Recently while reading a book, I saw this statement: “I heard once that most people who choke to death on food do it in close proximity to someone who could have saved them.” My thought at first is why? Why wouldn't I ask for help, whether I have the knowledge or not that they do in fact, know the Heimlich? I feel like its the perfect time to start playing Charades, make smoke signals, shake them, or whatever is needed to ask for help and save your life.
But then I continued reading: “What happens is that they're sitting at a table eating with a group, and when they begin to choke they feel embarrassed that they're struggling. Inevitably, they stand up from the table, and when their friends ask if they're okay or need help, they wave them away like everything's fine. They go to another room so their struggle won't be a bother to anyone. It's not until they're alone and really fighting for breath that they realize they need assistance, but by then it's too late.” This is where I said out loud, “Ah okay, now I get it.” There is a very big chance I would do the same thing to avoid embarrassment. I would do many, many things to avoid embarrassment.
One of the biggest embarrassments of my life was because I was trying, without success, to avoid embarrassment. I know I've spoken about it before, but I don't believe I've used it here before, and if I have...well enjoy the ride again. I didn't. In fifth grade I went to my elementary school's fall fest. I lived near by, so my dad told me I could go if I took my sisters. I enjoyed all the things they had to offer; face painting, carnival games, and treats. Then my friends and I decided to enjoy the main event - the hay ride. Our school was outside of town, so this weekend family event brought out many people and everyone was interested in taking a lap on the hay ride. When it came my turn, the ride itself wasn't really anything to write home about. We circled the school on an highly packed trailer, only to be at the starting point once again. My friends hurried off the ride and stood waiting for me to get off too, but the only thing was I couldn't. I didn't know how and so many people were getting on the trailer as many other people were getting off. It was just chaos. My friends stood by helplessly as I sat back down for the next ride because I didn't know what else to do.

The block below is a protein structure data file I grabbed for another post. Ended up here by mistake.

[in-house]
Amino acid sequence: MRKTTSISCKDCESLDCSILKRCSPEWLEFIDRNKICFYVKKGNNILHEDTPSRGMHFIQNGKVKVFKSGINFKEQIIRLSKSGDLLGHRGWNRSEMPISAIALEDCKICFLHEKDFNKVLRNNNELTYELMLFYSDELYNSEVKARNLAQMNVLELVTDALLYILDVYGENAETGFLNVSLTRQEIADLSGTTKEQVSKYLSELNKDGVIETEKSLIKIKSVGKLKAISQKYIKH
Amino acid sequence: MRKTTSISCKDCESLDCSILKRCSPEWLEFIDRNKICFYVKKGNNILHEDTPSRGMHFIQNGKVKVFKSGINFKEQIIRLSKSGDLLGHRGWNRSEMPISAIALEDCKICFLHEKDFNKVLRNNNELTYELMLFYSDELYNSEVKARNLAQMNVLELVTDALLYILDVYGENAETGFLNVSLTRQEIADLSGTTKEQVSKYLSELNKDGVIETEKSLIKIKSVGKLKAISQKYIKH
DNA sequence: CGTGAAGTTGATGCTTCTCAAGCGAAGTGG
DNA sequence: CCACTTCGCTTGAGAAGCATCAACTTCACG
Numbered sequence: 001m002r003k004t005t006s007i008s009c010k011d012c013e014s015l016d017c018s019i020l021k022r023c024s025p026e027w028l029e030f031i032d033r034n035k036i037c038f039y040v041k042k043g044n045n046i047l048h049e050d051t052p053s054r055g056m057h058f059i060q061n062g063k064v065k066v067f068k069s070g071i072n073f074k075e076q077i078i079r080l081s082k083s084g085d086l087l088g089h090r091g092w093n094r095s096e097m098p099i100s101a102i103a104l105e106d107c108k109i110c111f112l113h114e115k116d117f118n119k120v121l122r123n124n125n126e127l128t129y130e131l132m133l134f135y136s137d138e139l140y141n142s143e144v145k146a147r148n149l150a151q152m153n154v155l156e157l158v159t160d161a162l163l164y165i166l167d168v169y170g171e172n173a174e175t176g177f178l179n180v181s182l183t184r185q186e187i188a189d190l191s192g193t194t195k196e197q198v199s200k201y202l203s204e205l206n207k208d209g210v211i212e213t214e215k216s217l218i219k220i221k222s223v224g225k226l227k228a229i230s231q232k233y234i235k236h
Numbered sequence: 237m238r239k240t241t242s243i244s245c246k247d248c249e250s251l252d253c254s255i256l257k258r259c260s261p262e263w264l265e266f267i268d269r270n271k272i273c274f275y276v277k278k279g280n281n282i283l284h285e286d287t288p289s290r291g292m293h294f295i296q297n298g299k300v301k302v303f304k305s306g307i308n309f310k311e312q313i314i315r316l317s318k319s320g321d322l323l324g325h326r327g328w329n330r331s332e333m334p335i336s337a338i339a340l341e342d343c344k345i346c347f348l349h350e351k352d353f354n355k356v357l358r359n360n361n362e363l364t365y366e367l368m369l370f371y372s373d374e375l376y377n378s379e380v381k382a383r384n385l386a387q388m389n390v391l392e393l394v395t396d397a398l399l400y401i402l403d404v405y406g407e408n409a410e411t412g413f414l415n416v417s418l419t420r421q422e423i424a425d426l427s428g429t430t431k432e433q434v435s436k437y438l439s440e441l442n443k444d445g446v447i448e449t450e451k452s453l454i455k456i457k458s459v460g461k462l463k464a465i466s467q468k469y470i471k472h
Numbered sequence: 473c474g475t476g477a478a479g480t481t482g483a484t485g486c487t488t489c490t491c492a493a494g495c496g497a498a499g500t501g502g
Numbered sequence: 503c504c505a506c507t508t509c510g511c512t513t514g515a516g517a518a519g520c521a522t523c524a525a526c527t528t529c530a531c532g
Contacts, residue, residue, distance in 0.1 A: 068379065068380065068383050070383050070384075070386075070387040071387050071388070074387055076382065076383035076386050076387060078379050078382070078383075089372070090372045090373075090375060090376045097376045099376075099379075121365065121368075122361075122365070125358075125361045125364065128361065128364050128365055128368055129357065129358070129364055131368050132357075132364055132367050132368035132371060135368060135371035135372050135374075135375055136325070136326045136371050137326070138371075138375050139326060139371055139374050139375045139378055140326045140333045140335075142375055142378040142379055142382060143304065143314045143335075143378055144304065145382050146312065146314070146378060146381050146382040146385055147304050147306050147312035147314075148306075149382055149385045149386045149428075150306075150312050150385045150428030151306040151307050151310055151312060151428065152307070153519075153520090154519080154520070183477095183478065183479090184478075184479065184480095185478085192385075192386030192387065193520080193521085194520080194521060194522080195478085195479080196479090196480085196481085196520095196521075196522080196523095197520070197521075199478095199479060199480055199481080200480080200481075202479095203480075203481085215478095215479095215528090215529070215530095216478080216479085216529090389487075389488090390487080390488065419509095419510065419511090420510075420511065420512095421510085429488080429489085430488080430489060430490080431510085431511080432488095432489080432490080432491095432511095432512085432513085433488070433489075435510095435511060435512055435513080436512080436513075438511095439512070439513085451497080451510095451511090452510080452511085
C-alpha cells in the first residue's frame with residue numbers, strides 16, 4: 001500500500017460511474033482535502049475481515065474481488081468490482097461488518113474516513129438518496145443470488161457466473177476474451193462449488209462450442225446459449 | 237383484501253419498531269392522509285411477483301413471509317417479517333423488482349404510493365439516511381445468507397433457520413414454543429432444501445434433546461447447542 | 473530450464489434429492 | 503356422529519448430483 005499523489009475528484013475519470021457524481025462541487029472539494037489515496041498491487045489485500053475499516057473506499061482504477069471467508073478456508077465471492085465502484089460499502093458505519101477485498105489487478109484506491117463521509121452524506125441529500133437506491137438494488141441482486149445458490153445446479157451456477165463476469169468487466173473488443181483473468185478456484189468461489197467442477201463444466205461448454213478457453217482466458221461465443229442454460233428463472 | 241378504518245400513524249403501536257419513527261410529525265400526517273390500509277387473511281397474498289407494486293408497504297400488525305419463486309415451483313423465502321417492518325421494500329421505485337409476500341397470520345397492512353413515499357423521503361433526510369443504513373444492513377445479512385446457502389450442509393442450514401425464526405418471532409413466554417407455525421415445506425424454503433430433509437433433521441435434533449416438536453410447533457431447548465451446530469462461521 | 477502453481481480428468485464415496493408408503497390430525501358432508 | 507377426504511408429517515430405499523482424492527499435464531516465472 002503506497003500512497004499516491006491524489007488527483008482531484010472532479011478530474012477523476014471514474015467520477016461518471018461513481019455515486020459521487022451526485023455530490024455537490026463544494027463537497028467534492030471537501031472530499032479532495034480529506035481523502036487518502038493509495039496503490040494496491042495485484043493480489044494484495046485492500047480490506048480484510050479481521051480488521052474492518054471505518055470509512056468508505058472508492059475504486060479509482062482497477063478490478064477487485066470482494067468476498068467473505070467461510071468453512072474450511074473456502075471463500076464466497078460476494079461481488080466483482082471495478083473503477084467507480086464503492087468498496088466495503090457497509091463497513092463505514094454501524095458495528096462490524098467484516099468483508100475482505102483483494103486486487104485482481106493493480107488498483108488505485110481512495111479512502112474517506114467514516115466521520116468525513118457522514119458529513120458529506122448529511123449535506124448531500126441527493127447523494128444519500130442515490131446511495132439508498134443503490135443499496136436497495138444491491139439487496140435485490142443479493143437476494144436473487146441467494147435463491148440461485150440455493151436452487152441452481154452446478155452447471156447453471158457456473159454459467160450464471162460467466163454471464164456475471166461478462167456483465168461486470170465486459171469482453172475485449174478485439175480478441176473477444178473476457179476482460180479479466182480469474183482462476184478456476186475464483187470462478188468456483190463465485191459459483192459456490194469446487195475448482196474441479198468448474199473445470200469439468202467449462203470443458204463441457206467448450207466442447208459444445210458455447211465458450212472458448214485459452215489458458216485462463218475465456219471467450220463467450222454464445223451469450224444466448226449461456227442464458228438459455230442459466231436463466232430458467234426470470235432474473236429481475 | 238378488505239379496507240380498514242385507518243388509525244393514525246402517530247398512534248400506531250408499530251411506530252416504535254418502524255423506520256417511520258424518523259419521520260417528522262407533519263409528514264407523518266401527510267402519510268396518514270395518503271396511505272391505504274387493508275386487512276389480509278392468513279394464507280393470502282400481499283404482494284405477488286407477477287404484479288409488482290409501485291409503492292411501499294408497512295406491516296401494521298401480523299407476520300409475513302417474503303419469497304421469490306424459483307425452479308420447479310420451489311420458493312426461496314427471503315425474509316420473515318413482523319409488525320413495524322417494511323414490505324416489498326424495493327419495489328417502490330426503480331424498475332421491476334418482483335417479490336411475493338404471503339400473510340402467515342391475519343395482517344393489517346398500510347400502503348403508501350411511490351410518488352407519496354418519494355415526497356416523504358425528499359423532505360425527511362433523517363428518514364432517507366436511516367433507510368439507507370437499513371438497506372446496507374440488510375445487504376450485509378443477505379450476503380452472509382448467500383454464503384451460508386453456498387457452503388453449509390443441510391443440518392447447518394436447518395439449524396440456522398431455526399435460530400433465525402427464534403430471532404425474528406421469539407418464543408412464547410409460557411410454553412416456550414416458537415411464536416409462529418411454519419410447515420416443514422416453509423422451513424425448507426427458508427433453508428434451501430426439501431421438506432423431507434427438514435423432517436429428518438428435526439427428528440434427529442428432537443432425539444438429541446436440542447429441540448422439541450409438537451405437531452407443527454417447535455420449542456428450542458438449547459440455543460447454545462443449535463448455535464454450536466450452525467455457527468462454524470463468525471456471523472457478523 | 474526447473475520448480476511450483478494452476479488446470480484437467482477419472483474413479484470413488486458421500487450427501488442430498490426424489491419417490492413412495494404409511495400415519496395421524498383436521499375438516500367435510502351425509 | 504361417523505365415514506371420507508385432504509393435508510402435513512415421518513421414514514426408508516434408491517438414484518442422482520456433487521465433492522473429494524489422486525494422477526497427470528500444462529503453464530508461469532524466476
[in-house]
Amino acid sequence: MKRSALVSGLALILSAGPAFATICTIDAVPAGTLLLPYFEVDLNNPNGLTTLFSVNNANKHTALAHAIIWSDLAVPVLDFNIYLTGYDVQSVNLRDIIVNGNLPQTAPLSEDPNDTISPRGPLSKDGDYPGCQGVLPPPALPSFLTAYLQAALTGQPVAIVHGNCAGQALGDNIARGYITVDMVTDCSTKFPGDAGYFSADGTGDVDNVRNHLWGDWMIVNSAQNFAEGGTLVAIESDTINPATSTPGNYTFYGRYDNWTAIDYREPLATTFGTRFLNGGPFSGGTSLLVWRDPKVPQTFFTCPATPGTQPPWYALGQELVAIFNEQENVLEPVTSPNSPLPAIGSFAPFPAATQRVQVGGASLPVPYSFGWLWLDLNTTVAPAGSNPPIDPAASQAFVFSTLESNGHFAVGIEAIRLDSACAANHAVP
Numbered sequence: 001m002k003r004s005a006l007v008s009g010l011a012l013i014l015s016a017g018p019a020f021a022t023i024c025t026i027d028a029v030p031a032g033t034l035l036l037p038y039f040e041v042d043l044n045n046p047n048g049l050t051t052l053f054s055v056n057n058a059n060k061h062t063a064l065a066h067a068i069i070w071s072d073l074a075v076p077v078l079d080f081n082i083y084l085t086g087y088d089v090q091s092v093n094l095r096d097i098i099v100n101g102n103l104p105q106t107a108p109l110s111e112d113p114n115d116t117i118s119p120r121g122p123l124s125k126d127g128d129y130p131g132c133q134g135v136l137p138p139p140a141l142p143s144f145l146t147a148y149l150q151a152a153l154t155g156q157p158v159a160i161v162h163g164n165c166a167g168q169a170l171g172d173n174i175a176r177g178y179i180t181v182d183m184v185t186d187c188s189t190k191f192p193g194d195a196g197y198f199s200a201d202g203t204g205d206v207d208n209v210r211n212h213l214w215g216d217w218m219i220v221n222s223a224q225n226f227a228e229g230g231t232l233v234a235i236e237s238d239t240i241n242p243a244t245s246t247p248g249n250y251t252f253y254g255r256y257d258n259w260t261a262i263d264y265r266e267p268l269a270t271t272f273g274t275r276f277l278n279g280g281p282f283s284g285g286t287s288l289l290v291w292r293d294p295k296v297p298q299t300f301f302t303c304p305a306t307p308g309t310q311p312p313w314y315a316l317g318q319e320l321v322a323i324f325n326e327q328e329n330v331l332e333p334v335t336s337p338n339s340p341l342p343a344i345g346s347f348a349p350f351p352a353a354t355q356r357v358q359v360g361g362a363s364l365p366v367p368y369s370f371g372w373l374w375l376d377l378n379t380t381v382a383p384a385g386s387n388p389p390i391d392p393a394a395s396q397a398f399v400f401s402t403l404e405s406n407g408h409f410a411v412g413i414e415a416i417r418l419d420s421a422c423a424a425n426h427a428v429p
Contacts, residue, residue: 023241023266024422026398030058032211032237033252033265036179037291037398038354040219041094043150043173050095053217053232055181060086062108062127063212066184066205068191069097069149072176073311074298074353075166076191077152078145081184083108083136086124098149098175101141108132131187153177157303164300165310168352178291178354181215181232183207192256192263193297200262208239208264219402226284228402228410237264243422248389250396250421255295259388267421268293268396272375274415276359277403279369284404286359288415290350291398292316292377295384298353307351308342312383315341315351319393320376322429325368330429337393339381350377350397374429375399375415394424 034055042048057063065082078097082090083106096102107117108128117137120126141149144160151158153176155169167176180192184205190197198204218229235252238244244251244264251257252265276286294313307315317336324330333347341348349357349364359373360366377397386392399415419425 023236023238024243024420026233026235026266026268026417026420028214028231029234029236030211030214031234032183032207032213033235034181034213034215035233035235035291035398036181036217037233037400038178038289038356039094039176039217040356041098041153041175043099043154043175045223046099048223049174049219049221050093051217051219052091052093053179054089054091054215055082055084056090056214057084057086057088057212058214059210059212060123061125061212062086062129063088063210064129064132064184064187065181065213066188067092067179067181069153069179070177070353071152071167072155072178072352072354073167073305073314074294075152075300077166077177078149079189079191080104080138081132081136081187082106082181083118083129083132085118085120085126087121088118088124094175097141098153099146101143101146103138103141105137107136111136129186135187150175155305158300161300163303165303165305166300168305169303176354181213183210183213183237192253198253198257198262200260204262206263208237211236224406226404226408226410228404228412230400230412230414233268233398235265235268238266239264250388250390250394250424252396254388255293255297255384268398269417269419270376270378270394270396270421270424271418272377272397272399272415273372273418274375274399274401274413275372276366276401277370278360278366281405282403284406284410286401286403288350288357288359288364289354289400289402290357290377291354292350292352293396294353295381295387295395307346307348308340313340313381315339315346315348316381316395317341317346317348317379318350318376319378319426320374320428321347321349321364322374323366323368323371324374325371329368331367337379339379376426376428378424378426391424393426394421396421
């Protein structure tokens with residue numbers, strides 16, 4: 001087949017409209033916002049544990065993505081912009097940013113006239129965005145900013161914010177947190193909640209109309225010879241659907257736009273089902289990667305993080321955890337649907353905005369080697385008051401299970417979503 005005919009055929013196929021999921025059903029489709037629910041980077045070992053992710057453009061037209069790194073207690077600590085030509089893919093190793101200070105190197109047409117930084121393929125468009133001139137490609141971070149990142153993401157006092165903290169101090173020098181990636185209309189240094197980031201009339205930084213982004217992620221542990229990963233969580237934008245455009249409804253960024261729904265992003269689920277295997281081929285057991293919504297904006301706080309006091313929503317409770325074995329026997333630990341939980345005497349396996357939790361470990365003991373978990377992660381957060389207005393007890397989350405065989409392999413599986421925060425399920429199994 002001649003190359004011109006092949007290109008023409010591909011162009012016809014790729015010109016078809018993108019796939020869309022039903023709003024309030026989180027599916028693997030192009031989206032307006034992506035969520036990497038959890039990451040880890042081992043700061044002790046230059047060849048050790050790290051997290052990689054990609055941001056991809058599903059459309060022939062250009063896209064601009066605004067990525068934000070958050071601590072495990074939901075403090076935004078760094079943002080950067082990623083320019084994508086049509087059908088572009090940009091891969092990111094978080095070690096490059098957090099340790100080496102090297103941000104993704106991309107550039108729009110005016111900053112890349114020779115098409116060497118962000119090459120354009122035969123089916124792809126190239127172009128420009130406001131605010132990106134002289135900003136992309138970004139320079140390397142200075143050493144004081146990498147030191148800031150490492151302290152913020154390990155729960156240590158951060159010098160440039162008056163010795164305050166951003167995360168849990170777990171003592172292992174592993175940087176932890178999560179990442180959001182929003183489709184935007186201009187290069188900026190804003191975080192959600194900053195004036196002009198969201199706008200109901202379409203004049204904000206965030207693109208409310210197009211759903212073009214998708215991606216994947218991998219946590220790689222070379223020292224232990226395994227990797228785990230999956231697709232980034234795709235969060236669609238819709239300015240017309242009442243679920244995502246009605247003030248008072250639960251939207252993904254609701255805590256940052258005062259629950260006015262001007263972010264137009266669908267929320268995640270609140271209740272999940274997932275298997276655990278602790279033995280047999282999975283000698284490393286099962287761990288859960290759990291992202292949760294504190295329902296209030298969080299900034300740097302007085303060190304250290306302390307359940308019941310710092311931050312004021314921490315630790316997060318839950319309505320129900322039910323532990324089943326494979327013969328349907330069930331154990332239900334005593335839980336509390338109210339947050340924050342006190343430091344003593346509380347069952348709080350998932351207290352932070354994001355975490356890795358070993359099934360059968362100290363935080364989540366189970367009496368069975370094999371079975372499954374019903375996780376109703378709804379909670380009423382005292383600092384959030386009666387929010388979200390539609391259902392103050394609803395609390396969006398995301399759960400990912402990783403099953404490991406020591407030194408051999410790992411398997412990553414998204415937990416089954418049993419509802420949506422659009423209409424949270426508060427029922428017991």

Let me tell you, the ride didn't get any more thrilling that time around. To be honest, I was too distracted making my exit plan when the ride stopped again. Once we stopped, the chaos again ensued. So I decided to go to the front of the trailer by the hitch to step off. As I stepped, my foot slipped and I fell hitting my head on the hitch and I imagine it was as painful as that sounds. I wouldn't know because I was consumed with the embarrassing truth that my dress was no longer pointed towards my feet the way it was designed, but had instead joined me up by my face. I was so worried about drawing attention to myself by asking for help off the ride, that I instead drew all the attention with my dress up over my face and a possible head injury.
Proverbs 12:15 "The way of a fool is right in his own eyes: but he that hearkeneth unto counsel is wise."
“Be strong enough to stand alone, smart enough to know when you need help, and brave enough to ask for it.” said Ziad K. Abdelnour. Sometimes we choke, sometimes we need help, and being too afraid to admit it will only hurt us in the long run. When those hurts come, they come heavy and can be overwhelming. It takes action from us to make it different. Get help. First, go to God. You weren't meant to face life on your own and your creator (the one who loves you more than you know) is just waiting for you to ask for Him to step in. There is also a church full of people who want to carry your burden with you and hold you up when you can't stand. You aren't alone and you don't deserve to choke when you're in such close proximity to help. Take advantage of the spirit led family here at FPC that wants to see you succeed.
Seek help, don't choke.